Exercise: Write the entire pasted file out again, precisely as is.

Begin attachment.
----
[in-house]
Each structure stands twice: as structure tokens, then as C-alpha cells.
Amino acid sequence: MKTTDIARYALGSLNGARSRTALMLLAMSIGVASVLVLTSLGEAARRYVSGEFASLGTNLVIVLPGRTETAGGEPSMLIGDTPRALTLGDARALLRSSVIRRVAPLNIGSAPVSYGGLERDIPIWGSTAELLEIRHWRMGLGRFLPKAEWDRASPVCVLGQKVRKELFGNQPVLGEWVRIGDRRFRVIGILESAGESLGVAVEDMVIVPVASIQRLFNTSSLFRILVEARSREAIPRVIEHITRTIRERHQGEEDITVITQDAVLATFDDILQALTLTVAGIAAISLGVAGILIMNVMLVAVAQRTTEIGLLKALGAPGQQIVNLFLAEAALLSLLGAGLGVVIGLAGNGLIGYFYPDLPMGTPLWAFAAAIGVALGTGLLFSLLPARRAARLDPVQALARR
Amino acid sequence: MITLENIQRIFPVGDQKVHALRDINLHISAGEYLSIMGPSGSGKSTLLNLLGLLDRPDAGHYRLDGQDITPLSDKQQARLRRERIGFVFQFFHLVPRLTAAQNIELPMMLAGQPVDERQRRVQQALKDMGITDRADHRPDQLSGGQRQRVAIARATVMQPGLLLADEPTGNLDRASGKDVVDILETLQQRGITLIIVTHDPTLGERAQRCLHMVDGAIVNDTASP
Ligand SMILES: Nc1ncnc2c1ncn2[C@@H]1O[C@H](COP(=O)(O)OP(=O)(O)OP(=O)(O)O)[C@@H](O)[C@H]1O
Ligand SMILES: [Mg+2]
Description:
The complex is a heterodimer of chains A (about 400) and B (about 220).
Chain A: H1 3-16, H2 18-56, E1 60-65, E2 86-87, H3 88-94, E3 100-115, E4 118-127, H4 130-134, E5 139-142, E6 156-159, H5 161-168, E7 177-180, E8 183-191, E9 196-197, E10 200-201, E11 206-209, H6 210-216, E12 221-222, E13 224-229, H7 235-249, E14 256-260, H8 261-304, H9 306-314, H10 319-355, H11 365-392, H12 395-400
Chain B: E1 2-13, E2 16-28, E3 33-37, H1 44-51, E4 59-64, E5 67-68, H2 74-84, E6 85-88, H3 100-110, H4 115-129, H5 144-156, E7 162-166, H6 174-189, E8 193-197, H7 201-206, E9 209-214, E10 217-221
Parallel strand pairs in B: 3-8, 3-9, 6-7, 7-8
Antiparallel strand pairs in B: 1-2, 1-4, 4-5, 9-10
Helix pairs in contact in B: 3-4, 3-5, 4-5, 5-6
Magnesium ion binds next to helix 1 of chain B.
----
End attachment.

[in-house]
Each structure stands twice: as structure tokens, then as C-alpha cells.
Amino acid sequence: MKTTDIARYALGSLNGARSRTALMLLAMSIGVASVLVLTSLGEAARRYVSGEFASLGTNLVIVLPGRTETAGGEPSMLIGDTPRALTLGDARALLRSSVIRRVAPLNIGSAPVSYGGLERDIPIWGSTAELLEIRHWRMGLGRFLPKAEWDRASPVCVLGQKVRKELFGNQPVLGEWVRIGDRRFRVIGILESAGESLGVAVEDMVIVPVASIQRLFNTSSLFRILVEARSREAIPRVIEHITRTIRERHQGEEDITVITQDAVLATFDDILQALTLTVAGIAAISLGVAGILIMNVMLVAVAQRTTEIGLLKALGAPGQQIVNLFLAEAALLSLLGAGLGVVIGLAGNGLIGYFYPDLPMGTPLWAFAAAIGVALGTGLLFSLLPARRAARLDPVQALARR
Amino acid sequence: MITLENIQRIFPVGDQKVHALRDINLHISAGEYLSIMGPSGSGKSTLLNLLGLLDRPDAGHYRLDGQDITPLSDKQQARLRRERIGFVFQFFHLVPRLTAAQNIELPMMLAGQPVDERQRRVQQALKDMGITDRADHRPDQLSGGQRQRVAIARATVMQPGLLLADEPTGNLDRASGKDVVDILETLQQRGITLIIVTHDPTLGERAQRCLHMVDGAIVNDTASP
Ligand SMILES: Nc1ncnc2c1ncn2[C@@H]1O[C@H](COP(=O)(O)OP(=O)(O)OP(=O)(O)O)[C@@H](O)[C@H]1O
Ligand SMILES: [Mg+2]
Description:
The complex is a heterodimer of chains A (about 400) and B (about 220).
Chain A: H1 3-16, H2 18-56, E1 60-65, E2 86-87, H3 88-94, E3 100-115, E4 118-127, H4 130-134, E5 139-142, E6 156-159, H5 161-168, E7 177-180, E8 183-191, E9 196-197, E10 200-201, E11 206-209, H6 210-216, E12 221-222, E13 224-229, H7 235-249, E14 256-260, H8 261-304, H9 306-314, H10 319-355, H11 365-392, H12 395-400
Chain B: E1 2-13, E2 16-28, E3 33-37, H1 44-51, E4 59-64, E5 67-68, H2 74-84, E6 85-88, H3 100-110, H4 115-129, H5 144-156, E7 162-166, H6 174-189, E8 193-197, H7 201-206, E9 209-214, E10 217-221
Parallel strand pairs in B: 3-8, 3-9, 6-7, 7-8
Antiparallel strand pairs in B: 1-2, 1-4, 4-5, 9-10
Helix pairs in contact in B: 3-4, 3-5, 4-5, 5-6
Magnesium ion binds next to helix 1 of chain B.